A 'fair' tax will not reduce our lifetime tax burden. This plan simply exchanges one form of taxation for another. Even when coupled with the Huckster's plan to "not exactly" "shut down the federal government", people will still have to pay for the services currently funded through the government. Under his plan, all payroll taxes - Soc. Security, Medicare, Income tax, etc. will be eliminated. This means that consumers will need to pay for these services without the benefit of government assistance. Furthermore, under his plan consumers will have to pay for these things at a 23% sales tax premium. When you go to the hospital, you'll have to pay 23% for medical services that would have been provided tax-free under the current Medicare plan. The same goes for retirement planning, higher education and other government services that are funded by the income tax. We'll end up paying the same amount (or more) for those services but without the benefits of itemized deductions.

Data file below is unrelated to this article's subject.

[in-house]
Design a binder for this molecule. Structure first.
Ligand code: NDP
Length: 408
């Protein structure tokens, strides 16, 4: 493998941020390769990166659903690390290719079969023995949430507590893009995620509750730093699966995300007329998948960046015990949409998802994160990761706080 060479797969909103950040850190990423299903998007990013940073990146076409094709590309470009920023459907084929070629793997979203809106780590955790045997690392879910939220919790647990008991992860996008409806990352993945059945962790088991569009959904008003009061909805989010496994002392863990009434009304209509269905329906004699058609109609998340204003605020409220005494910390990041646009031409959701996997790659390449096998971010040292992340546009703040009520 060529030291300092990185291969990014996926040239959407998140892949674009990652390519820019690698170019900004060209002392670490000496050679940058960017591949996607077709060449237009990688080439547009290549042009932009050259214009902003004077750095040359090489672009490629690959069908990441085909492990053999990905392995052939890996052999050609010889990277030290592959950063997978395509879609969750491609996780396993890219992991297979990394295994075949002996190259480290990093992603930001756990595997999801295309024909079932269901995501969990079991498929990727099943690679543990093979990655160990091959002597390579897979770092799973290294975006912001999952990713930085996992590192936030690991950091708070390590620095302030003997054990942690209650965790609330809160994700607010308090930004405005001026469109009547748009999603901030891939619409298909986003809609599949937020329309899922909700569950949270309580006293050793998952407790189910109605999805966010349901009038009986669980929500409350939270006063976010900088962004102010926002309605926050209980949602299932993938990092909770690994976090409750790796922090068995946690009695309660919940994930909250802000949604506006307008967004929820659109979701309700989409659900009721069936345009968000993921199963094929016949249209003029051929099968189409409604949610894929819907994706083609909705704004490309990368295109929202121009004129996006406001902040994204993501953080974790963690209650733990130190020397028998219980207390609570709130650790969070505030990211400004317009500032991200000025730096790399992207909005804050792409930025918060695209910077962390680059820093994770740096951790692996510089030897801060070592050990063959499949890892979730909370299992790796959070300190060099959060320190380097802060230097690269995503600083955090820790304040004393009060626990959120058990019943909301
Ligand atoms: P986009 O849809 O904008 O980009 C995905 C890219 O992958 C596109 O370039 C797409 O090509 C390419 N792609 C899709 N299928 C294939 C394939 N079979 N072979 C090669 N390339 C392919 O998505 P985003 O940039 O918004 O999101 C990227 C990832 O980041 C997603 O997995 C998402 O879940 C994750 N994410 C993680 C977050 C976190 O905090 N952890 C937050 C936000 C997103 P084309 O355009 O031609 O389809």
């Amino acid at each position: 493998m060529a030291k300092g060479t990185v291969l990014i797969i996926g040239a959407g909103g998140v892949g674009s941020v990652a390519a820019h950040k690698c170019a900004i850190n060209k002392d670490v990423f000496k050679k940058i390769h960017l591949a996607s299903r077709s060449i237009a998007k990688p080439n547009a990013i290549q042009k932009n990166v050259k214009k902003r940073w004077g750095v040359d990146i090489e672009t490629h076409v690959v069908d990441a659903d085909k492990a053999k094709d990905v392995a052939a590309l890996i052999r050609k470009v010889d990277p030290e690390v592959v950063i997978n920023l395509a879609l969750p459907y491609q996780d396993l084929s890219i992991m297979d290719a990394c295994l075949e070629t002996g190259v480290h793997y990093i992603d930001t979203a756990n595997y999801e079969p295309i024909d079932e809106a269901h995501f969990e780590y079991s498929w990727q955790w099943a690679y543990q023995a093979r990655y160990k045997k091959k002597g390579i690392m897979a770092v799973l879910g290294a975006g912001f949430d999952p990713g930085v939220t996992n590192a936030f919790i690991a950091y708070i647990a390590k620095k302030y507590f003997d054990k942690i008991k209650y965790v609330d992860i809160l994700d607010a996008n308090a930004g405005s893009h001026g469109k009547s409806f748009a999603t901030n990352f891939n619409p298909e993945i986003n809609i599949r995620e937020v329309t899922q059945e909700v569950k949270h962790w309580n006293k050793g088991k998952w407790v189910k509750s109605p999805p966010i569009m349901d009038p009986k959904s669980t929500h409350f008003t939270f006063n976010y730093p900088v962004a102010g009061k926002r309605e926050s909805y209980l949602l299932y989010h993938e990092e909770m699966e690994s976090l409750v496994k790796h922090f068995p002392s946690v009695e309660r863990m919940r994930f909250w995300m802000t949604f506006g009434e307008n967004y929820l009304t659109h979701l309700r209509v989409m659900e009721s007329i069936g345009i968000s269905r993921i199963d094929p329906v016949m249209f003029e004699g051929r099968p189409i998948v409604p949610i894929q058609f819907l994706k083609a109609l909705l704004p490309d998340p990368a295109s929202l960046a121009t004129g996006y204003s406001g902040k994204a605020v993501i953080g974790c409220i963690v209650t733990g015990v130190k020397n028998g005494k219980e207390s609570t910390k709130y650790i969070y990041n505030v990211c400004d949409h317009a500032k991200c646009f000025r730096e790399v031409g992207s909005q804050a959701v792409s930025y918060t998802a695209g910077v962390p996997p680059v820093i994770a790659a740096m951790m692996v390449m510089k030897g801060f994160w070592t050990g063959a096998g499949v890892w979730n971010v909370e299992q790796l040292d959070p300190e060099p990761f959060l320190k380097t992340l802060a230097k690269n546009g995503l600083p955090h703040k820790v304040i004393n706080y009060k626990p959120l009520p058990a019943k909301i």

It will also fail to make our products more competitive internationally. The only way to make this happen is to lower labor standards here in the US, something which is entirely unrelated to taxes. Frankly, I don't want to live in Huckawannabee's sweatshop America.